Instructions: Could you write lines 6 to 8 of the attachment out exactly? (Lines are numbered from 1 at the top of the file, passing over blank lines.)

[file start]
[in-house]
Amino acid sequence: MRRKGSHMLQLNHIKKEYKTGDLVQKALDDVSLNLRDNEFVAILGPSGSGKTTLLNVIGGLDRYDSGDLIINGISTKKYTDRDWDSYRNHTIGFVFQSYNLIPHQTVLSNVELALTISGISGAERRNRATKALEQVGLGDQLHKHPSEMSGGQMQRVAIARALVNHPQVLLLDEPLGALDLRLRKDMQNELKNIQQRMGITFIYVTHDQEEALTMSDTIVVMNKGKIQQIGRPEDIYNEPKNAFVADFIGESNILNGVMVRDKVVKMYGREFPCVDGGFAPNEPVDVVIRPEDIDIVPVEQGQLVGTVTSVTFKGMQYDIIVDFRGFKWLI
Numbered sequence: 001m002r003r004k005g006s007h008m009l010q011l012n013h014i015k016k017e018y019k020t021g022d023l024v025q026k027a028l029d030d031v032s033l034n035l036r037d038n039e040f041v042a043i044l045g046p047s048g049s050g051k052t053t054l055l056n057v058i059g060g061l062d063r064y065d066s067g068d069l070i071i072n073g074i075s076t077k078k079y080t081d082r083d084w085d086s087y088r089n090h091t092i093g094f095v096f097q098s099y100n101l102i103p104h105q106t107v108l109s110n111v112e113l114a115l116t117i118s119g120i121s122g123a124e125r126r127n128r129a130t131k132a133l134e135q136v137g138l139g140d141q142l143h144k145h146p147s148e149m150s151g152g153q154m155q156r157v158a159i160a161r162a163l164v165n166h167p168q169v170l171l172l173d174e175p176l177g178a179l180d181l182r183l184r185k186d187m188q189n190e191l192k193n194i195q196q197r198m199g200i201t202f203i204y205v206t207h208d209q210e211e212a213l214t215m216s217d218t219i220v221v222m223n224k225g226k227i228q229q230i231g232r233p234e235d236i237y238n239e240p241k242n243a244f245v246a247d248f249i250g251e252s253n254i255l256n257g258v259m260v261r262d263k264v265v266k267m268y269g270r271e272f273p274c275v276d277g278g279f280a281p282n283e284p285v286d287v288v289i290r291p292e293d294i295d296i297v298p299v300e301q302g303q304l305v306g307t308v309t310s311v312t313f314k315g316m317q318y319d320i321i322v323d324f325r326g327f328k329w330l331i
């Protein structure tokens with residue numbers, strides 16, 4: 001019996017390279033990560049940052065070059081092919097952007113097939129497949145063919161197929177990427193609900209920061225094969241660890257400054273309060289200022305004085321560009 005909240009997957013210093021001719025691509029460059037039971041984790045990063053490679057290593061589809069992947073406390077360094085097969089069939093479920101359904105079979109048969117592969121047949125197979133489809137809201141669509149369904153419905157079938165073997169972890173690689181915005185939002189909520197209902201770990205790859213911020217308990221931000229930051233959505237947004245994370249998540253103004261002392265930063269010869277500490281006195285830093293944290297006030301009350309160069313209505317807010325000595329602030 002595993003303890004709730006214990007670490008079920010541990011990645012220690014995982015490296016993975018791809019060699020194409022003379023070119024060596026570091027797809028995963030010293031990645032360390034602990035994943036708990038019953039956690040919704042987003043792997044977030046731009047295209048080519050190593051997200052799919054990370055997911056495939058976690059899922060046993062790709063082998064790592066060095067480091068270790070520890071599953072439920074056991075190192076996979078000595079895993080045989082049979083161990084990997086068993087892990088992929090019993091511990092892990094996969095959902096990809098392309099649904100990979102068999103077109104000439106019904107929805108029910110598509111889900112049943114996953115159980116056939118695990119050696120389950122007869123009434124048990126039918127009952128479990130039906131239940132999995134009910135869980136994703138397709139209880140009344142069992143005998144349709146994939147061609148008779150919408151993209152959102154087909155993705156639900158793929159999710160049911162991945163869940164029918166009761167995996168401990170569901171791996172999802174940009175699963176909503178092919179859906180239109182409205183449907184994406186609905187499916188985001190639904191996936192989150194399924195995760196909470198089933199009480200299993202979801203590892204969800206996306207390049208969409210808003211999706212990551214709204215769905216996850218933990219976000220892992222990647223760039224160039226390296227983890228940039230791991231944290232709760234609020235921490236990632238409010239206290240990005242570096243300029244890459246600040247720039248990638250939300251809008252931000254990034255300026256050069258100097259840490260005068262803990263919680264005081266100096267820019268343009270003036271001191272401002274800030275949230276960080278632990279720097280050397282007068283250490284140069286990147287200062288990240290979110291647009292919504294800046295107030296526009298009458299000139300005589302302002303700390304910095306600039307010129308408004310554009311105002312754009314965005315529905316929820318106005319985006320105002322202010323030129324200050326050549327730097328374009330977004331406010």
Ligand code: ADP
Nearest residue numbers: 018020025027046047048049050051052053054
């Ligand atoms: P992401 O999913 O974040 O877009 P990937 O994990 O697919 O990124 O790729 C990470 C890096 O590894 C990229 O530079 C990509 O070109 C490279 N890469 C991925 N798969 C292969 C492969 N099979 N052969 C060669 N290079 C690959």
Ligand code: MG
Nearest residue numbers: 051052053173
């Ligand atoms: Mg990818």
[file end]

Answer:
Nearest residue numbers: 018020025027046047048049050051052053054
């Ligand atoms: P992401 O999913 O974040 O877009 P990937 O994990 O697919 O990124 O790729 C990470 C890096 O590894 C990229 O530079 C990509 O070109 C490279 N890469 C991925 N798969 C292969 C492969 N099979 N052969 C060669 N290079 C690959």
Ligand code: MG